Cooperative eco-driving automation improves energy efficiency and safety
Imagine you’re driving up a hill toward a traffic light. The light is still green so you’re tempted to accelerate to make it through the intersection before the light changes. Then, a device in your car receives a signal from the controller mounted on the intersection alerting you that the light will change in two seconds — clearly not enough time to beat the light. You take your foot off the gas pedal and decelerate, saving on fuel. You feel safer, too, knowing you didn’t run a red light and potentially cause a collision in the intersection.
YOU MIGHT ALSO LIKE
Connected and automated vehicles, which can interact vehicle to vehicle (V2V) and between vehicles and roadway infrastructure like traffic signals and stop signs (V2I), promise to save energy and improve safety. In a new study published in Transportation Research Part B, engineers from Michigan Technological University propose a modeling framework for V2V and V2I cooperative driving.
Cooperative driving helps cars and their drivers safely and efficiently navigate. The framework uses an eco-driving algorithm that prioritizes saving fuel and reducing emissions. The automated algorithm calculates location-based traffic control devices and roadway constraints using maps and geographic information. The research is led by Kuilin Zhang, associate professor of civil and environmental engineering and affiliated associate professor of computer science at Michigan Tech, along with Shuaidong Zhao ’18, now a senior quantitative analyst at National Grid.
For the past three years, Houghton, Michigan, has been home to roadside units installed on five of the city’s traffic signals that make V2I communication possible. Zhang conducted a simulation analysis using real traffic signal phasing and timing messages from the Ann Arbor connected vehicle test environment and plans to expand testing in the Houghton area.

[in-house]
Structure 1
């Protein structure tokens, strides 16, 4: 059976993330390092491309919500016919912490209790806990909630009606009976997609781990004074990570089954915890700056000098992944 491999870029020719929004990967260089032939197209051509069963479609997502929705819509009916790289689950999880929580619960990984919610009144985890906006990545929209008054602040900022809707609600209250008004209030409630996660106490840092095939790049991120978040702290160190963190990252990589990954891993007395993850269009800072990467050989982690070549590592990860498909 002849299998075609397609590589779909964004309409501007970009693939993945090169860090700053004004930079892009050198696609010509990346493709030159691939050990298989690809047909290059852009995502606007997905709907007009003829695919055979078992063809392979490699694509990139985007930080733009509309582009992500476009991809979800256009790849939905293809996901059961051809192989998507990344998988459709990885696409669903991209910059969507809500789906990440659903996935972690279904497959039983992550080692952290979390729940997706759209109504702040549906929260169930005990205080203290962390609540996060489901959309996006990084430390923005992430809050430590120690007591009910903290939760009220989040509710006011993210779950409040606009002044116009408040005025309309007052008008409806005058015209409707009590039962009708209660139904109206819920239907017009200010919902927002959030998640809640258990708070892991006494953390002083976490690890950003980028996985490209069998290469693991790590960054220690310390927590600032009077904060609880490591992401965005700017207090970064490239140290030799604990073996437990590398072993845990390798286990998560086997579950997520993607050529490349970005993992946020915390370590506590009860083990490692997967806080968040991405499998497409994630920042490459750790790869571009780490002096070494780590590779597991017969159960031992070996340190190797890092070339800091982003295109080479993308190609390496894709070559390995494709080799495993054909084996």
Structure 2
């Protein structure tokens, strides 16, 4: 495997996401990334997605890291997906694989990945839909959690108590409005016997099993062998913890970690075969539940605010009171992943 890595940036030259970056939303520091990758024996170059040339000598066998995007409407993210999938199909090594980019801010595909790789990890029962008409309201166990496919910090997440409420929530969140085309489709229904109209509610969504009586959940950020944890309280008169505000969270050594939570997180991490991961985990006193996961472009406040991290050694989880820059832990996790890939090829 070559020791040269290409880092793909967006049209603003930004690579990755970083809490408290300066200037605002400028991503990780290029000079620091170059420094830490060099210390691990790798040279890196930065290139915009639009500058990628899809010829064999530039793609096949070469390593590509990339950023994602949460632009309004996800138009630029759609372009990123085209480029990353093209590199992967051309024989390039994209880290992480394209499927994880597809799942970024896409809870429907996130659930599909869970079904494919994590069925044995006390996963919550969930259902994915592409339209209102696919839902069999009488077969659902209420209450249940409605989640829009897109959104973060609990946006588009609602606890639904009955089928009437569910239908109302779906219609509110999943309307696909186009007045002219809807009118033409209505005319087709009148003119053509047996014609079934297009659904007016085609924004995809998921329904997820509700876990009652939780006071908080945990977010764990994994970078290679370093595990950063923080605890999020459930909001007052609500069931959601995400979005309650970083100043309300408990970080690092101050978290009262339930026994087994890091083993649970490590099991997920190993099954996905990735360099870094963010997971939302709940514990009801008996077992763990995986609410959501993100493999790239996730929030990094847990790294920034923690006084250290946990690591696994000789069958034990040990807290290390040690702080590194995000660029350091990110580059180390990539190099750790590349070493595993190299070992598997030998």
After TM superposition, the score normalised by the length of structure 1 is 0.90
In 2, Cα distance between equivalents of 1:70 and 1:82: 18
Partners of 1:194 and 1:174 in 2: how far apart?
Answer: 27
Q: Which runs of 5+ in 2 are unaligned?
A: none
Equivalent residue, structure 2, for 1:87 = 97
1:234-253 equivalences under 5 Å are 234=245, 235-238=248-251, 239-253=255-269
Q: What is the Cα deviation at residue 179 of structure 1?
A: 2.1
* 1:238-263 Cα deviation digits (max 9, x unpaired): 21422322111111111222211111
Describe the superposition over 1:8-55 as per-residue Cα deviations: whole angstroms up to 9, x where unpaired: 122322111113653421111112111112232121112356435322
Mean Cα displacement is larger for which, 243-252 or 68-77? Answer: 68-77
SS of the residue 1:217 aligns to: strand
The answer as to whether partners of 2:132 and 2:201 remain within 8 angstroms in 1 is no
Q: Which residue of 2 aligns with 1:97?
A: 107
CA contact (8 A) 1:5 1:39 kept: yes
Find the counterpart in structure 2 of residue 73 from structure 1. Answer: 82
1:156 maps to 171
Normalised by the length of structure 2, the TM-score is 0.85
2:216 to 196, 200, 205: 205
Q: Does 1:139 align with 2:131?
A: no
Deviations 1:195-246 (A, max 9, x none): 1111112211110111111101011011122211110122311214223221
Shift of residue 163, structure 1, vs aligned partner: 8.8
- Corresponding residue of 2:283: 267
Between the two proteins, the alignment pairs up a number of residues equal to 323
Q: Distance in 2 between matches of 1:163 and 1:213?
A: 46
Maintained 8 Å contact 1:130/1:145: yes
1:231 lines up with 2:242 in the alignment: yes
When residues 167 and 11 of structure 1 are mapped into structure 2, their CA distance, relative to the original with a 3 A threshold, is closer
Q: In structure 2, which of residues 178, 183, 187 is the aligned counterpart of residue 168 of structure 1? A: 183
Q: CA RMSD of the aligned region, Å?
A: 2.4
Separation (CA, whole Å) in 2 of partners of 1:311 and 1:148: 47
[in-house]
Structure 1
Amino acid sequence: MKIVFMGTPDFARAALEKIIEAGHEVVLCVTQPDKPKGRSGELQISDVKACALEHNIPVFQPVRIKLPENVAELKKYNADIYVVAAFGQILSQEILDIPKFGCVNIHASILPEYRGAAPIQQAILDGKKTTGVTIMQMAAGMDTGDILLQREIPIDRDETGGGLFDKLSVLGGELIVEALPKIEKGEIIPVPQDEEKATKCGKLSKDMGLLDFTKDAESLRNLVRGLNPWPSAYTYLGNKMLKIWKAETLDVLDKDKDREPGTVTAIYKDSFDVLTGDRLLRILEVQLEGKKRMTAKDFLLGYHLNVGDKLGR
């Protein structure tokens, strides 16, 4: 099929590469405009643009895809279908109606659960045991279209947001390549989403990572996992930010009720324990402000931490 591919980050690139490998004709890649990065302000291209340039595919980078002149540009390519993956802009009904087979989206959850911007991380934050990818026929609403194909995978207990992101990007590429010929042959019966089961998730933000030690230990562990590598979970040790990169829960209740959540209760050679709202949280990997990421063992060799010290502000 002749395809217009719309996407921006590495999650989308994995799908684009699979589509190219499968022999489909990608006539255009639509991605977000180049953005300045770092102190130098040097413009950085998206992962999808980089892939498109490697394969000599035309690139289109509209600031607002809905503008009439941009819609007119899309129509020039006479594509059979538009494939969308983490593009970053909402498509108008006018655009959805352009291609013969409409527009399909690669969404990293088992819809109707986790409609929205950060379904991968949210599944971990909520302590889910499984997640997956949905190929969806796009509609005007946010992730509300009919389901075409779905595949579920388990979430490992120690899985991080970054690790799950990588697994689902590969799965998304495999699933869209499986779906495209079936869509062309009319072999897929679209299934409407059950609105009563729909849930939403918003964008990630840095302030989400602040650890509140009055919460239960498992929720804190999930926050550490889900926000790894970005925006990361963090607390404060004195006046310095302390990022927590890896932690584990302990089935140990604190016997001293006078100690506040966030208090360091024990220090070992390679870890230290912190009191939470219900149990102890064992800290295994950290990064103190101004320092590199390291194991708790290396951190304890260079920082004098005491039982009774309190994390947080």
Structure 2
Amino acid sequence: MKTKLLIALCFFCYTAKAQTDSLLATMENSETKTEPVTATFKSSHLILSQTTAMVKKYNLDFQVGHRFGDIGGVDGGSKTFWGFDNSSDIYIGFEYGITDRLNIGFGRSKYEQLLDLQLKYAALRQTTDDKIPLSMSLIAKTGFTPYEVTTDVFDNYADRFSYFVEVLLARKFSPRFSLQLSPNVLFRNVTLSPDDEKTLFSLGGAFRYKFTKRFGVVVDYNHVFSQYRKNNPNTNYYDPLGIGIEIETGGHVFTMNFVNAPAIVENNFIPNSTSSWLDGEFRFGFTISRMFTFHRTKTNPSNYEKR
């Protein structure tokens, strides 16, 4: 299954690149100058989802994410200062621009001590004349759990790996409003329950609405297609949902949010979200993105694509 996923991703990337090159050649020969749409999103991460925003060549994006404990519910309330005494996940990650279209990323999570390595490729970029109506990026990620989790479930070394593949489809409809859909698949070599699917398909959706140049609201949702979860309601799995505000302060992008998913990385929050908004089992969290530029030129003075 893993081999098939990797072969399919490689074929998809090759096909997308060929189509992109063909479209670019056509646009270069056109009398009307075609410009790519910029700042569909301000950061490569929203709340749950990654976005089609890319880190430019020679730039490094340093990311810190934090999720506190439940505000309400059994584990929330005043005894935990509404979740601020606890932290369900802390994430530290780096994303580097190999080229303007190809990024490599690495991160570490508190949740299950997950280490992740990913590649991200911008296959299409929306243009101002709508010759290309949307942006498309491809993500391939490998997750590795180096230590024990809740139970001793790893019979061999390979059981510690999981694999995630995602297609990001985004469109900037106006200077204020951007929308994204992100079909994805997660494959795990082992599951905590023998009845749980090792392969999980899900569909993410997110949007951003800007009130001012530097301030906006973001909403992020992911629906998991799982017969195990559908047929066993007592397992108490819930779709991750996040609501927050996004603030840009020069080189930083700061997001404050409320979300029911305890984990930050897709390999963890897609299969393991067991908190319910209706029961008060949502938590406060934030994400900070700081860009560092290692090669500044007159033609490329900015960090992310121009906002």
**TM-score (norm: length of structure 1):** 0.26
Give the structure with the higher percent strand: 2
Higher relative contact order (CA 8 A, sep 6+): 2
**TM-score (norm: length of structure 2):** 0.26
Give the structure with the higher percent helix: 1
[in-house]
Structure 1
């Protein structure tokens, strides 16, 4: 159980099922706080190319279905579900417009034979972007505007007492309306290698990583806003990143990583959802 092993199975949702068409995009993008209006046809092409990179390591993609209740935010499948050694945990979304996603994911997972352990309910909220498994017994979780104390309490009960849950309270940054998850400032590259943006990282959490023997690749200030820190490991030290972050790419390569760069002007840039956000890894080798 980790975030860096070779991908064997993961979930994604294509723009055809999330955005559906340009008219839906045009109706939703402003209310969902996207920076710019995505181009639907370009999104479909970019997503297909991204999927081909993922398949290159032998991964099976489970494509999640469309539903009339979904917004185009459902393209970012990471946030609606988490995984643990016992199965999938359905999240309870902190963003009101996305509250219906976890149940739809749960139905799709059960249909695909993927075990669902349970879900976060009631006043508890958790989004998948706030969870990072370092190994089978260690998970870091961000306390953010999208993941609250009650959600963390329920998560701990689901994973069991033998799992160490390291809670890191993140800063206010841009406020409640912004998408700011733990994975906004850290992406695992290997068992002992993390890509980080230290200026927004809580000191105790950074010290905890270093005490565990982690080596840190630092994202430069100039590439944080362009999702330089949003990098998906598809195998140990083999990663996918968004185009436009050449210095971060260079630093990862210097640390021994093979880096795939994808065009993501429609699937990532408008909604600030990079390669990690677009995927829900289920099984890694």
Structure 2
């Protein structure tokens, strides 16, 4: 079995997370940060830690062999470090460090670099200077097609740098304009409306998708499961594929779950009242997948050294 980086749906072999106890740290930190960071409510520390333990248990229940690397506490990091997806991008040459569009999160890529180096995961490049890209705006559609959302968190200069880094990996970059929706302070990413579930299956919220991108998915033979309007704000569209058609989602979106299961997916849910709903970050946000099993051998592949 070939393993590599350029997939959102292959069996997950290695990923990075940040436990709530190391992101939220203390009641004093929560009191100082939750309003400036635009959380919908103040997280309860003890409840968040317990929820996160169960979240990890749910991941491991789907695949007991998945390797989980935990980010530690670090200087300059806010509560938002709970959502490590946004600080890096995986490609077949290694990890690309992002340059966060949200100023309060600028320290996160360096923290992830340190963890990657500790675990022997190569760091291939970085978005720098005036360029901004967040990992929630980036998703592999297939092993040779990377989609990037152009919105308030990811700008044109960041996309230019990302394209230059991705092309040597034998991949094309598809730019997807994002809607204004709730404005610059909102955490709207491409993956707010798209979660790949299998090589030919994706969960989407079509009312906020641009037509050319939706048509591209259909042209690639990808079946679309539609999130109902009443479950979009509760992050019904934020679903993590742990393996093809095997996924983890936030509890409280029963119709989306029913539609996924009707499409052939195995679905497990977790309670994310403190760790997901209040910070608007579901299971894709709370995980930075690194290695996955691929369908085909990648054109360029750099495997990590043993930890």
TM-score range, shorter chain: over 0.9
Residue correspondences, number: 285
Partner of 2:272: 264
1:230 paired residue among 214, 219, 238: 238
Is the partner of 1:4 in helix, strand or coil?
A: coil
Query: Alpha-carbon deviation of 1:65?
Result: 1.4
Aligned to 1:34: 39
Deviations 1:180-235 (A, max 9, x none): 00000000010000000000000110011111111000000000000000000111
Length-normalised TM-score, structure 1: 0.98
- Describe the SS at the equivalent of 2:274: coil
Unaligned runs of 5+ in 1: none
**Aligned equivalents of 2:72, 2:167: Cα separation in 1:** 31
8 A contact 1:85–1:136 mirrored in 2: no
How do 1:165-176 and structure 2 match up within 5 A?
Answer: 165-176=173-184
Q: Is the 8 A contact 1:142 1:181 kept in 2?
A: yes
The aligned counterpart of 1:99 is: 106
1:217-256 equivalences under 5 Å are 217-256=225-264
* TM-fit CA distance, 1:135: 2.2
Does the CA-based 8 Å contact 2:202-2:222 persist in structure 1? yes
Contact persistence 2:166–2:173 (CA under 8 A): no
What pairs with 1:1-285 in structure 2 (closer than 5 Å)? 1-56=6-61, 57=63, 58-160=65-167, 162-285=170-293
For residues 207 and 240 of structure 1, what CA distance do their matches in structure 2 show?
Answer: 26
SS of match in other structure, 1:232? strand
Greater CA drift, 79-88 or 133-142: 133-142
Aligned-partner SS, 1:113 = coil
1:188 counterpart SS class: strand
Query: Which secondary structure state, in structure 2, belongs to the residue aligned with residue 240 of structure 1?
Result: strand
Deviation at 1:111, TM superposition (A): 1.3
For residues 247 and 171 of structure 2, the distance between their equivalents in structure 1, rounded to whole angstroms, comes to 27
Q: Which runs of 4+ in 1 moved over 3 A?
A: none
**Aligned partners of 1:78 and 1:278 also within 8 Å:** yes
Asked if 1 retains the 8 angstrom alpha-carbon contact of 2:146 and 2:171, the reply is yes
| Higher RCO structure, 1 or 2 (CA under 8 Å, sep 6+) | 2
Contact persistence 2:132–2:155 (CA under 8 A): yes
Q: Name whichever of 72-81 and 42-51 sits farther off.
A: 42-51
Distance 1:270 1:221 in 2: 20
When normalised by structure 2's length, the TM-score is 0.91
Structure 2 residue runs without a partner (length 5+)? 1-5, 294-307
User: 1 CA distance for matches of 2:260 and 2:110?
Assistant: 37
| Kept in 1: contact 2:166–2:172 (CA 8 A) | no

“The whole idea of cooperative driving automation is that the signals in the intersection tell your car what’s happening ahead,” Zhang said. “The sensor at the intersection can benefit all connected vehicles passing through the intersection. The automated eco-driving algorithm improves the driving decisions of the connected and automated vehicles.”
The simulation results show that the cooperative automated eco-driving algorithm saves energy — 7% under light traffic and 23% under heavy traffic along the corridor.
“The stop and go, stop and go, it may use a lot of energy,” Zhang said. “The concept of eco-driving incorporates how the vehicle makes driving decisions using data not only from vehicles in front of it, but also with information given from a traffic signal.”
Zhang’s model pulls in high-definition (HD) maps, which use a connected vehicle’s hardware and software to provide down-to-the-centimeter accuracy in navigation. HD maps incorporate multiple types of environmental sensing: long-range radar, lidar, camera footage, short/medium-range radar and ultrasound.
Zhang said for autonomous driving, it’s important to know landmarks to control the car’s driving, as well as hill grades; using a hill to slow or accelerate a car can also increase energy savings. It’s easy to conserve energy on a straight highway; on busy arterial streets with traffic and stoplights, energy conservation isn’t so simple. On city streets, Zhang and Zhao’s online predictive connected and automated eco-driving model considers traffic control devices and road geometry constraints under light and heavy traffic conditions.